ECOLT Pres Notes

Funded by a grant under the Bureau of Indian Education’s 6111 grant to support the development of an Alternate Definition of Adequate Yearly Progress in Choctaw, The Mississippi Band of Choctaw Indians developed and approved a set of Choctaw Language Learning Standards in 2012.  These are based on the ACTFL “Five Cs” in that they include the three types of communication (Interpersonal, Interpretive, and Presentational) in addition to Culture, Connections, Comparisons, and Communities.  The presenters were members of a team developing Choctaw Language Learning Standards, ensuring they are horizontally and vertically aligned and reflect the traditions and cultural heritage of the Tribe.

Following completion of the standards, the presenters assisted in the development of a Choctaw Language Learning Standards-based model oral Choctaw Language Assessment for Grade 2. The process of developing assessments was initiated through workshops with Choctaw Assistant Teachers to identify domains of language use by students, consultation with an Assessment Development Team to identify speaking tasks, and consultation with a graphics artist to develop visual stimuli for the assessment. Development and translation of the administrator training manual and the structure of the pilot test administrator workshop is also discussed.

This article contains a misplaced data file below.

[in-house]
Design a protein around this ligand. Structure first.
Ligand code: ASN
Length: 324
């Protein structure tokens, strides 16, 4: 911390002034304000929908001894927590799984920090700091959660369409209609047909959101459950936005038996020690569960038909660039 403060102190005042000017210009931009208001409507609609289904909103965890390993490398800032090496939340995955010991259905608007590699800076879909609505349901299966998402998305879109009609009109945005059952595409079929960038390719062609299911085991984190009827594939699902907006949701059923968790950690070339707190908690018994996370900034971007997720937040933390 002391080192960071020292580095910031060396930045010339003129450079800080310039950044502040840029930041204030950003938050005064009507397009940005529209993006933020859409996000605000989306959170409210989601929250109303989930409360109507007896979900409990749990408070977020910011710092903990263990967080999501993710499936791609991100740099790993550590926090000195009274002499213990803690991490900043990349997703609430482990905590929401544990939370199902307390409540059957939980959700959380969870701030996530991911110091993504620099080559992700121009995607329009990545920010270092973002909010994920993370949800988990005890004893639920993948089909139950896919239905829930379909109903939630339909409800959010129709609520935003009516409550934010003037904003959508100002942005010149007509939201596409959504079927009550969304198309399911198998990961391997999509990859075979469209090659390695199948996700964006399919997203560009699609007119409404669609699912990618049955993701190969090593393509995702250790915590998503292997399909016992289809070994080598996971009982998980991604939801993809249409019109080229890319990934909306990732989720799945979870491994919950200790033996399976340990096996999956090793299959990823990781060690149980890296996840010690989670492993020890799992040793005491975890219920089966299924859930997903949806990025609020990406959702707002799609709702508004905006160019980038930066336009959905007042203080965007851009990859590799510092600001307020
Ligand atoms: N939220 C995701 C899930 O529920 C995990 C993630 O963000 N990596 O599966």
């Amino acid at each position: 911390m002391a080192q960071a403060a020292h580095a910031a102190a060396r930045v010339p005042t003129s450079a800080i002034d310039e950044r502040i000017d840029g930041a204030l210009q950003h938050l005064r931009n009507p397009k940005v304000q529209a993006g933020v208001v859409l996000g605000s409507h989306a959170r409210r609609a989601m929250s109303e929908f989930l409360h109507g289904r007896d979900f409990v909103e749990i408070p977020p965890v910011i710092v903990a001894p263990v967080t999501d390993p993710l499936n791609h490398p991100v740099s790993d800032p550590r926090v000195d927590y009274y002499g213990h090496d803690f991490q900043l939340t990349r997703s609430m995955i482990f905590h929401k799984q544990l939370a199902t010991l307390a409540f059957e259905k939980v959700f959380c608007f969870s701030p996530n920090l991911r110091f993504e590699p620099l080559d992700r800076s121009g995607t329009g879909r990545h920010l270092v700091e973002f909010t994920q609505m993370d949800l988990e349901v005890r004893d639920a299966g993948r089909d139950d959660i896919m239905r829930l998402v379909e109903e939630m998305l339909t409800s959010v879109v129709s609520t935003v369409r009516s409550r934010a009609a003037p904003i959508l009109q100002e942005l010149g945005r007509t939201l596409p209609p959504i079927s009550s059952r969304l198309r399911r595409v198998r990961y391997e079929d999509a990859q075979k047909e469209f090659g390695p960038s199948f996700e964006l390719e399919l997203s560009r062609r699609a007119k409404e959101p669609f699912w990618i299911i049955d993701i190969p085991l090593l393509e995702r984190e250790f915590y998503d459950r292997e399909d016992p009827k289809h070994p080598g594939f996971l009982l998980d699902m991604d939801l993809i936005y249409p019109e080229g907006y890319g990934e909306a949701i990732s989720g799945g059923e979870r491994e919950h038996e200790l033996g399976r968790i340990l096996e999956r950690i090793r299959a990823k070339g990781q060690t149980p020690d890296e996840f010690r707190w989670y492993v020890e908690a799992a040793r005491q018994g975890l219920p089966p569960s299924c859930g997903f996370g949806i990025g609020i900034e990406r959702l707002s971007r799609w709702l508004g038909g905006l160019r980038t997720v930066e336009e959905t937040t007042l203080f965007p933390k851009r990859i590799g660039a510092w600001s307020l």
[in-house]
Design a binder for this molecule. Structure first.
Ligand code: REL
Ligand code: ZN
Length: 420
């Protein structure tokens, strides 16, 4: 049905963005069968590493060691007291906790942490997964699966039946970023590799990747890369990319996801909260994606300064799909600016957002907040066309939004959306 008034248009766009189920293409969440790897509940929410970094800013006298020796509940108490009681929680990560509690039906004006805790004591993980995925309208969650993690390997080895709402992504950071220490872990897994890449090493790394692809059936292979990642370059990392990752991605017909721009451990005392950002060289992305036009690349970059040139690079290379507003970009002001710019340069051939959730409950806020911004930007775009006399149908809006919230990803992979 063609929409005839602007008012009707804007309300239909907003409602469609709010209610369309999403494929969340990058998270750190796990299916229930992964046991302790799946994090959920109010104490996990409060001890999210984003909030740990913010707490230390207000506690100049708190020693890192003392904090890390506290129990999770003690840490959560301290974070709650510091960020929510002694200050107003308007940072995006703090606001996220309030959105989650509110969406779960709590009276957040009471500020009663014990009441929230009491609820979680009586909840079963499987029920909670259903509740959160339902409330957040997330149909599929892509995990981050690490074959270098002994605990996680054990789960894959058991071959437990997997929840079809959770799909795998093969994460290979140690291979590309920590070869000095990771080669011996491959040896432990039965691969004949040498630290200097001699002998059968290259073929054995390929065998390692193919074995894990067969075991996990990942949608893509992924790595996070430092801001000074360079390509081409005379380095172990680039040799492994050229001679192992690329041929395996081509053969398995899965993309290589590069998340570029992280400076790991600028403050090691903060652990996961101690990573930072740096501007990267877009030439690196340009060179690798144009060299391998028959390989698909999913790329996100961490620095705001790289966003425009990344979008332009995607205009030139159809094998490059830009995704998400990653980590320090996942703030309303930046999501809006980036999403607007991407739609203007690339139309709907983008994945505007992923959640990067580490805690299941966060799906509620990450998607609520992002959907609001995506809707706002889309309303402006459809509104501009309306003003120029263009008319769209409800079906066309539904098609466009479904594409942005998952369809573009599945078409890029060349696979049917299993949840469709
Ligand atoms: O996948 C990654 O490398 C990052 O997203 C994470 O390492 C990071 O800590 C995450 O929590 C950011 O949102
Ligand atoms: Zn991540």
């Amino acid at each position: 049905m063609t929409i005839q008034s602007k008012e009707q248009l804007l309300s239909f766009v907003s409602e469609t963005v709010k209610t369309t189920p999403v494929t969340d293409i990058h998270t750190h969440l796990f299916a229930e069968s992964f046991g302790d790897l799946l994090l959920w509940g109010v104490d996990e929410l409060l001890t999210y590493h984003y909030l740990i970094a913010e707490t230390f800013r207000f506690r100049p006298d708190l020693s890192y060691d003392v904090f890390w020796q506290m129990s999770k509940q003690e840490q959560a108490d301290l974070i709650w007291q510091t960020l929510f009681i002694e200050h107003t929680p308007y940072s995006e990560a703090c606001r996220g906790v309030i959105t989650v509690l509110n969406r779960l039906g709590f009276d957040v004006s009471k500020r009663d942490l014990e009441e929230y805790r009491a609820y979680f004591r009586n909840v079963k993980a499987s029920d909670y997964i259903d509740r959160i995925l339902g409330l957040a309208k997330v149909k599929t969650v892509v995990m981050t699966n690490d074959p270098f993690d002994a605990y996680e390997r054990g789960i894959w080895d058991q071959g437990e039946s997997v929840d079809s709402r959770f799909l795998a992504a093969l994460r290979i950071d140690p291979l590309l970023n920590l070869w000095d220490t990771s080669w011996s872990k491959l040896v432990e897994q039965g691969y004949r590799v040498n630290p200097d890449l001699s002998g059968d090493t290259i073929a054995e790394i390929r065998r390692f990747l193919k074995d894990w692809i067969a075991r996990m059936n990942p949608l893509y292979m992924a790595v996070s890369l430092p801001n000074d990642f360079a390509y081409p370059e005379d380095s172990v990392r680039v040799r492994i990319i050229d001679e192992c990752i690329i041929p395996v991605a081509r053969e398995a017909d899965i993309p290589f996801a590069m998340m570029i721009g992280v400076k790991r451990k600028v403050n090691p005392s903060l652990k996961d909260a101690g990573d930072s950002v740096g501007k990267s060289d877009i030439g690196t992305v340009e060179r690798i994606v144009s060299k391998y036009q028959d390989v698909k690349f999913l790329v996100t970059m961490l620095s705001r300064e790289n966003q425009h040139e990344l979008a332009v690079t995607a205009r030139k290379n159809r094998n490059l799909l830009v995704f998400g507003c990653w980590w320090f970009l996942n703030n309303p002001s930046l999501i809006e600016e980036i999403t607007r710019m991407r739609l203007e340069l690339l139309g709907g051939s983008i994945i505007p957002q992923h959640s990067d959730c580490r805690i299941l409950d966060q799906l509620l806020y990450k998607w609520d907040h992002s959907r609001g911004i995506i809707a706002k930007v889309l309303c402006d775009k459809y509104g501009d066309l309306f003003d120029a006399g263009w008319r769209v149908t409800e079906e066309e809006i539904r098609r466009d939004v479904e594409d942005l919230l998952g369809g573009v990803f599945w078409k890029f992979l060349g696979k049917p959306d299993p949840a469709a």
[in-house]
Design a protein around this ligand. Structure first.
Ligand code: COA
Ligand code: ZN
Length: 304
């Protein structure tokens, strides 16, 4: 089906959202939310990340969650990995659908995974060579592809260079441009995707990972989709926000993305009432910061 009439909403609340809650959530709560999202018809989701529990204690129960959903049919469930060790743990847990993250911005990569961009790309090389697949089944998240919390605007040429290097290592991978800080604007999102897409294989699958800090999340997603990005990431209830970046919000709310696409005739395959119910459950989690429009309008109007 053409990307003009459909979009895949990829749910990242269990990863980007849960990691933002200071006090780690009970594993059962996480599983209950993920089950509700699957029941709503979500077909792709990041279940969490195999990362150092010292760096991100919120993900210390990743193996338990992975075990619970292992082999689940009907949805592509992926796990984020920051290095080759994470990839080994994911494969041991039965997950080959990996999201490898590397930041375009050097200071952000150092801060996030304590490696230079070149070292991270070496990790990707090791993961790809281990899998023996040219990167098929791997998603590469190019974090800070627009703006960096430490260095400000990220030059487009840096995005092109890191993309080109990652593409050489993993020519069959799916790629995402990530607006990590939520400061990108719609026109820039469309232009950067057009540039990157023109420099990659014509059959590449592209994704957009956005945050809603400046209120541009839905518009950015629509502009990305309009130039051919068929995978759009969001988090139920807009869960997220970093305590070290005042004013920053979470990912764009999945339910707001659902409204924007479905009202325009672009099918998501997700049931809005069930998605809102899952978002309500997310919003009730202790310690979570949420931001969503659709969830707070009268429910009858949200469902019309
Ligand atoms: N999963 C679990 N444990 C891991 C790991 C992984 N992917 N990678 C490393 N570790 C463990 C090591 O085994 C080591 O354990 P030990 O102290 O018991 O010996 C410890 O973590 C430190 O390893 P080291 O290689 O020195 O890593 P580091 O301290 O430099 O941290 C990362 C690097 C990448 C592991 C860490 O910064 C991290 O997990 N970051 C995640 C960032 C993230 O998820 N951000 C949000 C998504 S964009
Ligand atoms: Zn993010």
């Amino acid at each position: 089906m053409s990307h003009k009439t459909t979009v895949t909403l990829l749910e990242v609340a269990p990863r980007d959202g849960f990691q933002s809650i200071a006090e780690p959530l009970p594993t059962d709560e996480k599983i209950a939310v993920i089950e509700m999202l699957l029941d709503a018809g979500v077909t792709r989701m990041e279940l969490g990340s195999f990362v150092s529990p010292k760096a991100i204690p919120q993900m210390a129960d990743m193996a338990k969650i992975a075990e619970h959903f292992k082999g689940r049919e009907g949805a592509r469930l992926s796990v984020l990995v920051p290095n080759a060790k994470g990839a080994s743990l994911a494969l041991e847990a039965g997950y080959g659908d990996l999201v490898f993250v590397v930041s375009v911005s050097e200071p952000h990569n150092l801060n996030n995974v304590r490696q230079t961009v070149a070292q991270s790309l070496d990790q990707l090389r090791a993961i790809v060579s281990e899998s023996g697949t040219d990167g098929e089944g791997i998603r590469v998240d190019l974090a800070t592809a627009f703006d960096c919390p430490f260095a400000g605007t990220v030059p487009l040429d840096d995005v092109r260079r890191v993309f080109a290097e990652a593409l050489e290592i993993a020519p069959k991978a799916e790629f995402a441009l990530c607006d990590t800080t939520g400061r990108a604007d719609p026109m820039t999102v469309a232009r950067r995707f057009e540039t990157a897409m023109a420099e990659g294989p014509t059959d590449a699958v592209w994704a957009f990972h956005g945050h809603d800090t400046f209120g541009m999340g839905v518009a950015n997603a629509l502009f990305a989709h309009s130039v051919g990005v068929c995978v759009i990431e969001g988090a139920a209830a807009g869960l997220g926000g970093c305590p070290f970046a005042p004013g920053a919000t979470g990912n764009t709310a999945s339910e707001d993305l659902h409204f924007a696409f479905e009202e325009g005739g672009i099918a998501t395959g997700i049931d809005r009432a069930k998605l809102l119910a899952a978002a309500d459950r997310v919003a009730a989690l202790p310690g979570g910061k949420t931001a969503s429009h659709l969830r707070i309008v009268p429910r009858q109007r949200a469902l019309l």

Pilot testing and subsequent analysis and revision of the standards-based assessment are addressed in this poster. An oral summary will explain the importance of choosing culturally relevant assessment tasks;  aspects of the oral assessment administration; and the role of assessments in native language revitalization programs.


The Mississippi Band of Choctaw Indians, led by Chief Phyliss J. Anderson,  operates the largest unified Reservation school system in the United States. The Choctaw Tribal School System has six elementary schools, one middle school and one boarding high school on the Choctaw Indian Reservation in east central Mississippi. The Choctaw schools are scattered over a four-county area and serve more than 1,700 students.